The only way to comprehend the areas encompassed by Chobe, Makgadikgadi and Okavango Delta Ramsar Site is to deal in superlatives. Chobe is home to the highest elephant concentration in all Africa. Makgadikgadi to one of the largest saltpans in the world. And when the Okavango Delta floods each the summer, it attracts more than 200,000 large mammals.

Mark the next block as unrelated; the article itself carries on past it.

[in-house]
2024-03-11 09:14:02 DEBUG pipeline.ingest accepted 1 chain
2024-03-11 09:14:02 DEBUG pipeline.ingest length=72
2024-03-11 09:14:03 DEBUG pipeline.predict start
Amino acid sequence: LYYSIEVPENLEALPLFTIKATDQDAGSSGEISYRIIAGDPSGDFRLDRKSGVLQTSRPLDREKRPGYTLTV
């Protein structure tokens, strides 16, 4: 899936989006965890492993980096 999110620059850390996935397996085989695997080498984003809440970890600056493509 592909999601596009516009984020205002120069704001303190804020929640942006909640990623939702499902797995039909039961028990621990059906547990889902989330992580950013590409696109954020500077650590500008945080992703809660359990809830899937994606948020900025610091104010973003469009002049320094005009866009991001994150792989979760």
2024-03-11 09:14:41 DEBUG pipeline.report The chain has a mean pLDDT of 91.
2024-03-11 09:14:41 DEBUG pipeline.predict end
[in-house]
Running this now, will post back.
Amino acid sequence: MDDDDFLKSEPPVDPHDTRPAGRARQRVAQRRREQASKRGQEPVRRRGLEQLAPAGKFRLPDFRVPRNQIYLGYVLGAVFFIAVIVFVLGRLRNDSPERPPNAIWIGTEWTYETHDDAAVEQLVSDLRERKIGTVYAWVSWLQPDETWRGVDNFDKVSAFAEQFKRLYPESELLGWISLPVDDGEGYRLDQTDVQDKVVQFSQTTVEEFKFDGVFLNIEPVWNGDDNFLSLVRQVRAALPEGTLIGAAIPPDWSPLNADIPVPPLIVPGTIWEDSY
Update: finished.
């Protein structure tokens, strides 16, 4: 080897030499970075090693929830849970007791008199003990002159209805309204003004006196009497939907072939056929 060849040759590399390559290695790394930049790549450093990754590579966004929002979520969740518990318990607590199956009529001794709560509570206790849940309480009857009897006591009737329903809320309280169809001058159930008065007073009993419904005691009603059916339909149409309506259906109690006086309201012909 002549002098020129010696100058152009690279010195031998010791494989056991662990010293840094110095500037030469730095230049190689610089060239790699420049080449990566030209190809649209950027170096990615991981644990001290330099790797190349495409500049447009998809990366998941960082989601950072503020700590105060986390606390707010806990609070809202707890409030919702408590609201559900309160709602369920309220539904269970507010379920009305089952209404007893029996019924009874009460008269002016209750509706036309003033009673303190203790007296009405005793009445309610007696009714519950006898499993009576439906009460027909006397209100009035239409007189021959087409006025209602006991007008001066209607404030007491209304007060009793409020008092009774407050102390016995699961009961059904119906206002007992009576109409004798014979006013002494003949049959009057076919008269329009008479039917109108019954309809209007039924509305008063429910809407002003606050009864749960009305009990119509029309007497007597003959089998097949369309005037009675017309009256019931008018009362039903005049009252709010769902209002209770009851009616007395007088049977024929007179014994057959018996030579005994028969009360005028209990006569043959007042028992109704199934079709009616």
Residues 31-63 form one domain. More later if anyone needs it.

As this is also a region with few population centres of any note, ecotourism is one of the only sectors that can provide sustainable employment. Through focussing on high end, low impact ecotourism, and the many services that support it, around 60,000 jobs have been created and US$650 million contributed to Botswana’s GDP. Whether collaborating with neighbours on the even larger Kavango Zambezi Transfrontier Conservation Area or ensuring that all eco-certified companies sell locally produced handicrafts on site, there is no vision too large, nor any detail too small in the commitment to keeping Botswana as a rare beacon of hope for Africa’s wildlife and people.